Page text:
Where cold, nor heat, nor irksome toil annoy,
Nor age, nor sickness, comes to damp their joy:
And now the royal nymph, who bore him, deigns
The land to rule, and shield the simple swains,
While, from above, propitious he looks down:
For this, the welkin does no longer frown;
Each planet shines, indulgent, from his sphere;
And we renew our pastimes with the year.
Hills,dales,and woods, with shrilling pipes resound:
The boys and virgins dance, with chaplets crown'd,
And hail Albino bless'd: the valleys ring
Albino bless'd! O now, if ever, bring
The laurel green, the smelling eglantine,
And tender branches from the mantling vine,
The dewy cowslip, which in meadow grows,
The fountain-violet, and the garden rose,
Marsh lilies sweet, and tufts of daffodil,
With what ye cull from wood, or verdant hill,
Whether in open sun or shade they blow,
More early some,
and some unfolding slow;
Bring, in heap'd canisters, of every kind,
As if the summer had with spring combined,
And nature, forward to assist your care,
Did not profusion for Albino spare.

Your hamlets strew, and every
public way;
And consecrate to mirth Albino's day;
Myself will lavish all my little store,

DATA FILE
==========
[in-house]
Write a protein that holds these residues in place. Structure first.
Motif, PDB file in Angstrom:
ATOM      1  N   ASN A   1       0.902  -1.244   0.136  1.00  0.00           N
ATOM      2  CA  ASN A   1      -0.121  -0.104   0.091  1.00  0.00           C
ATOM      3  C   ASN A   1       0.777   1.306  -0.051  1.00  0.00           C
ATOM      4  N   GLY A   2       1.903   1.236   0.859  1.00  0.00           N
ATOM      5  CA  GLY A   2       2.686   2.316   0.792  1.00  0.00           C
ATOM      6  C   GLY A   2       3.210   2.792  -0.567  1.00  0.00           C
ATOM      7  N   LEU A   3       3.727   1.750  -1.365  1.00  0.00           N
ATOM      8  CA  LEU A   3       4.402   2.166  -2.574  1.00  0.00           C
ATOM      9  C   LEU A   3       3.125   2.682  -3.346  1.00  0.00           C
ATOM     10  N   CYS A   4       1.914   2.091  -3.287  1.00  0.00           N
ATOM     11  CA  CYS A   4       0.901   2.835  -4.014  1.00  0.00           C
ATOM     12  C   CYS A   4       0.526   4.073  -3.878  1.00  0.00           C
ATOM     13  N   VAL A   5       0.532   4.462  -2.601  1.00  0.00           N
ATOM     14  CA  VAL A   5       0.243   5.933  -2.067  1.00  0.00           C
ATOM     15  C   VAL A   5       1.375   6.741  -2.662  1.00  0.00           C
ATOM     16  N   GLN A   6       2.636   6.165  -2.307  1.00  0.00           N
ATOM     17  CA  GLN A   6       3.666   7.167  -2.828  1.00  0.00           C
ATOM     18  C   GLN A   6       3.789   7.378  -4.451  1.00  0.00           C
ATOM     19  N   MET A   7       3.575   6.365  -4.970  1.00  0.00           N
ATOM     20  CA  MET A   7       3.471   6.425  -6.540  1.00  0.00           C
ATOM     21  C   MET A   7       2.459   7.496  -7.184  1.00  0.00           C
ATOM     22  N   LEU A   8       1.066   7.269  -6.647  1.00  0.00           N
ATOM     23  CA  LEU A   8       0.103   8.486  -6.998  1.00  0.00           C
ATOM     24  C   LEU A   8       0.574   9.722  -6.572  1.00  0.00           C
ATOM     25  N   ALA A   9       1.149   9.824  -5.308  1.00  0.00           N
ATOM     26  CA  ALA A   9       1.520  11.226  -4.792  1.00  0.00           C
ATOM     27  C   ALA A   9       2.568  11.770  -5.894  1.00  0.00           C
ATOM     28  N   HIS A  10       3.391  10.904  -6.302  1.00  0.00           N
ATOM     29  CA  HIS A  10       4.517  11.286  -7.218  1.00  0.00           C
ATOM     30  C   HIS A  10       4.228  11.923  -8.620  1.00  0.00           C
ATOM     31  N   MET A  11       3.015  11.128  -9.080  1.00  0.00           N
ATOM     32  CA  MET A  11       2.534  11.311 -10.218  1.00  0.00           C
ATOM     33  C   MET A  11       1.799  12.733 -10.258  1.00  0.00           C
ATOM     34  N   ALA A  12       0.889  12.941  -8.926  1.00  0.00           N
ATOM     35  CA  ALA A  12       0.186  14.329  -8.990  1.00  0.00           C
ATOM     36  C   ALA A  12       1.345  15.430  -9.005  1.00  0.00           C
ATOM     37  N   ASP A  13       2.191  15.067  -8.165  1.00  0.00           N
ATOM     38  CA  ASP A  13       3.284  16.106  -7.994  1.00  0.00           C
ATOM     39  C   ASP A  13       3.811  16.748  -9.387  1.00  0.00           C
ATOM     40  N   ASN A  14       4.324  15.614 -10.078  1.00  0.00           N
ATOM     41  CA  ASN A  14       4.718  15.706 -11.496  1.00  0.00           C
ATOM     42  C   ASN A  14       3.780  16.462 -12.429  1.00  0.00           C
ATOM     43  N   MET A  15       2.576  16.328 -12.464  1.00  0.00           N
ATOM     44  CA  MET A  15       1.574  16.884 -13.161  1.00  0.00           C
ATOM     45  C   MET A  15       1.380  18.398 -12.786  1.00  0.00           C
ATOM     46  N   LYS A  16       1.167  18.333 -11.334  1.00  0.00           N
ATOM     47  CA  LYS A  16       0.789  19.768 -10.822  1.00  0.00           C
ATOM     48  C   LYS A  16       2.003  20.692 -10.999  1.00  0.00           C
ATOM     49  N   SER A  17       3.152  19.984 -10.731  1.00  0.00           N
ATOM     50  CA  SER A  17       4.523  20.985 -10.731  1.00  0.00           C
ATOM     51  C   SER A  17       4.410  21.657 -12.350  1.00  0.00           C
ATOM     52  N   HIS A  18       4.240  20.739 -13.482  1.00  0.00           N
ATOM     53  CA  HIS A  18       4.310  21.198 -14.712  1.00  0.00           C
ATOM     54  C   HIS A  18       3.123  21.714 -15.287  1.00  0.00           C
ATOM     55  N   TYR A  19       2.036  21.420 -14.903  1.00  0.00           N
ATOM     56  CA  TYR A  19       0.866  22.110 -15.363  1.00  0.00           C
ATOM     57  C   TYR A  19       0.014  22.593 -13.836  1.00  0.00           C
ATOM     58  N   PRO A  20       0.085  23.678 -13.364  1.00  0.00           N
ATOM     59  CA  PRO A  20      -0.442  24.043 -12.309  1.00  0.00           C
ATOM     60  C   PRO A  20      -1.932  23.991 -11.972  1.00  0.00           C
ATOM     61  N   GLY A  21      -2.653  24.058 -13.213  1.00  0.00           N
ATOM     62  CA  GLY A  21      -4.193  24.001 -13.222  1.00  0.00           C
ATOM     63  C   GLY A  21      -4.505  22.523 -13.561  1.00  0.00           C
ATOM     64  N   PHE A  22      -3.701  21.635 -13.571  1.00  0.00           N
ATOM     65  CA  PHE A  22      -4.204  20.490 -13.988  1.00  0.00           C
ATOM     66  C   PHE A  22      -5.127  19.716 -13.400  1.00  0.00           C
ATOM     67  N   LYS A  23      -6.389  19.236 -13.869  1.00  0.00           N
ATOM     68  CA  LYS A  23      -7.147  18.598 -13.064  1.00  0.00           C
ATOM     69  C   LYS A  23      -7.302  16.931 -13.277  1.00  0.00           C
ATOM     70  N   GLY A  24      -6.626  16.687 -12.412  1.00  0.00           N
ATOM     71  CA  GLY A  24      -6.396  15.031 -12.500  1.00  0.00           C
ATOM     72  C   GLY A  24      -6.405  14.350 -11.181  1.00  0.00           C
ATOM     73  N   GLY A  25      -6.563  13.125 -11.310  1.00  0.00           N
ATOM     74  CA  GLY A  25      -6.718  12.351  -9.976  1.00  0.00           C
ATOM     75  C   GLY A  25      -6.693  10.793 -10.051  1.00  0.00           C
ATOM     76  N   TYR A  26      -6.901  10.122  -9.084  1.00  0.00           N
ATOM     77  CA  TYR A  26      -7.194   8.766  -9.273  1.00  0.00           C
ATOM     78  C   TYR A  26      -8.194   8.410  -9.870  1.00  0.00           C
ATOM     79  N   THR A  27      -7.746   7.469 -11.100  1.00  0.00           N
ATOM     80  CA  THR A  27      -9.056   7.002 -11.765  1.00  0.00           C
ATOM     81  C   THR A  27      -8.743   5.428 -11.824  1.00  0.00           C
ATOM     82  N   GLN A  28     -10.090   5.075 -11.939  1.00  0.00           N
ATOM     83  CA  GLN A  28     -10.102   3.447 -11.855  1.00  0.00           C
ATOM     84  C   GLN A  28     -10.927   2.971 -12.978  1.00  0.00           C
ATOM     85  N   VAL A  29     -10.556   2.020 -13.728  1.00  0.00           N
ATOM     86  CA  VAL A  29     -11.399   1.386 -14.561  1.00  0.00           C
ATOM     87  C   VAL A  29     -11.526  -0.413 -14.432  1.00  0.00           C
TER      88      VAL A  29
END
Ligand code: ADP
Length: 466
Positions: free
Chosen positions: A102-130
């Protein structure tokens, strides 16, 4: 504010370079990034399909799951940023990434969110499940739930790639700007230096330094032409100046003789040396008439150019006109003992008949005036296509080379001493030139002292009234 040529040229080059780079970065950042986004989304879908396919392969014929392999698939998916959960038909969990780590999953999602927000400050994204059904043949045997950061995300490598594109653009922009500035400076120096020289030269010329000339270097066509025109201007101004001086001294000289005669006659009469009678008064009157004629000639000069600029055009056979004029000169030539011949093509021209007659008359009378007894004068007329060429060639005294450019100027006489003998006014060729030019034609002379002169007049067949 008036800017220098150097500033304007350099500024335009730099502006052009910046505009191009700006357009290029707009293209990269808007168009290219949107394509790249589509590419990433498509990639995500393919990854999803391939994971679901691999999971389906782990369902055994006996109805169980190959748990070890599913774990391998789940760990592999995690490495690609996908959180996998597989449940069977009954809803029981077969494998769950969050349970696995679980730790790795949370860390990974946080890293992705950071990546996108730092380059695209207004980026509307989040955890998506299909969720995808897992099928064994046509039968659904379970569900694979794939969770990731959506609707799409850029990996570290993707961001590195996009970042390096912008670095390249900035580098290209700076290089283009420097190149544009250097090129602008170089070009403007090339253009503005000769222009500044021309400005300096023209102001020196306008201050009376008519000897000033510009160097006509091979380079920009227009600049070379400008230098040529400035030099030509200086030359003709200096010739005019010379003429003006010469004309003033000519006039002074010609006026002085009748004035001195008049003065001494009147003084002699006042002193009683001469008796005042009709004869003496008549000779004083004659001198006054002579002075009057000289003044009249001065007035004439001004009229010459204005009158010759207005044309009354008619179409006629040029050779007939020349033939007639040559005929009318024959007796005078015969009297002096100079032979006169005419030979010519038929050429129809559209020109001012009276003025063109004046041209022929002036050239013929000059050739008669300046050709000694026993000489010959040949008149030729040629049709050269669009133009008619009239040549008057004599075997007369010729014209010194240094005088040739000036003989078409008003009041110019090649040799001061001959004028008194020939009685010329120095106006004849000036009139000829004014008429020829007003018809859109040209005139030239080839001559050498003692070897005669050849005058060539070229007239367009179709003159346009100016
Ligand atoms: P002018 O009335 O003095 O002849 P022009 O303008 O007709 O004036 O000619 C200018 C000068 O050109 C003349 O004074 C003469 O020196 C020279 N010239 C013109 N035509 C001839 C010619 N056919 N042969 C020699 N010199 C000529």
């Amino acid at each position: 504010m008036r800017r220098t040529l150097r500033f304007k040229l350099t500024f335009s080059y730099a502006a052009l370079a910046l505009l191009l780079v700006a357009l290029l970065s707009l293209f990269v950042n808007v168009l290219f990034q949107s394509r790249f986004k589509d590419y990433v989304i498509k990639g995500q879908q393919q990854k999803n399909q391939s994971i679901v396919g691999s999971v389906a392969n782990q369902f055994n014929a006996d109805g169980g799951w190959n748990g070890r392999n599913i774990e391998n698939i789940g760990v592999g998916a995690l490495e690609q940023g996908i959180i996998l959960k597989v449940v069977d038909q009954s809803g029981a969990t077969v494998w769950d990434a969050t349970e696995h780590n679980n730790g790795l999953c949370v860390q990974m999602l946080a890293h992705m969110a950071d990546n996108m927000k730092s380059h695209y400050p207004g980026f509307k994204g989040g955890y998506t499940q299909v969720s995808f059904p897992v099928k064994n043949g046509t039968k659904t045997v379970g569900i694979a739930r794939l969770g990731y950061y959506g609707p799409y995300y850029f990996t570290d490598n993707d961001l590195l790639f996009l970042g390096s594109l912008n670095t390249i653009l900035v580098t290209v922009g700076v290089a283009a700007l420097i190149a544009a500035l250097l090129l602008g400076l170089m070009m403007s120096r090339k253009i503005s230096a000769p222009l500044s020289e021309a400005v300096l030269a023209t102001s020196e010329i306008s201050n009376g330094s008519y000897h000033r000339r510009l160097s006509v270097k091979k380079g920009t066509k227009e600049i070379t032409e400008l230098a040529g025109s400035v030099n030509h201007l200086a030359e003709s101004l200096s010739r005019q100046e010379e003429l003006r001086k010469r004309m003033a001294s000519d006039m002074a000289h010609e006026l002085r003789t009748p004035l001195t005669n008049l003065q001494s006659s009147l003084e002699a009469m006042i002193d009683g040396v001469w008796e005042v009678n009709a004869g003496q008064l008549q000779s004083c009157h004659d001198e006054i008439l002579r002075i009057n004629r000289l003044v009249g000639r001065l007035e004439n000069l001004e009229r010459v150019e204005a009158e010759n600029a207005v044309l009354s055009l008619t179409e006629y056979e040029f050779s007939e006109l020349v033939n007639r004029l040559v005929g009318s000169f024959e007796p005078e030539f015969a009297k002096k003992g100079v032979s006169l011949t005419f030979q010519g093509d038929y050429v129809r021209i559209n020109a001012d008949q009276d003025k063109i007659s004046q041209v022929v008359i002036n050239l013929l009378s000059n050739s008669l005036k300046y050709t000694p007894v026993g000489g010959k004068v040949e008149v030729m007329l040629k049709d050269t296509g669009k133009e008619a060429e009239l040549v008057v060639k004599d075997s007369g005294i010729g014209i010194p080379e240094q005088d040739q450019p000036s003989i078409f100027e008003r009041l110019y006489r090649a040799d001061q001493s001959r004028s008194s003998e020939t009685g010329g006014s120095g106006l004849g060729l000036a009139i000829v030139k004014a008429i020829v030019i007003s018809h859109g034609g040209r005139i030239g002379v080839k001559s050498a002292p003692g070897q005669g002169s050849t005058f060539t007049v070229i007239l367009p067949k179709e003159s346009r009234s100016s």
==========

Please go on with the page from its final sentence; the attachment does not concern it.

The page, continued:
And deal about the goblet flowing o'er:
Old Moulin there shall harp, young Myco sing,
And Cuddy dance the round amid the ring,
And Hobbinol his antic gambols play:
To thee these honours, yearly, will we pay:
Nor fail to mention thee in all our cheer,
And teach our children the remembrance dear,
When we our shearing-feast or harvest keep,
To speed the plough, and bless our thriving sheep.
While willow kids, and herbage lambs pursue,
While bees love thyme, and locusts sip the dew,
While birds delight in woods their notes to strain,
Thy name and sweet memorial shall remain.




THIS place may seem for shepherds' leisure made,
So close these elms inweave their lofty shade;
The twining woodbine, how it climbs; to breathe
Refreshing sweets around on all beneath;
The ground with grass of cheerful green bespread,
Through which the springing flower uprears the


Lo, here the kingcup of a golden hue,

Medlied with daisies white and endive blue,
And honeysuckles of a purple dye,
Confusion gay! bright waving to the eye,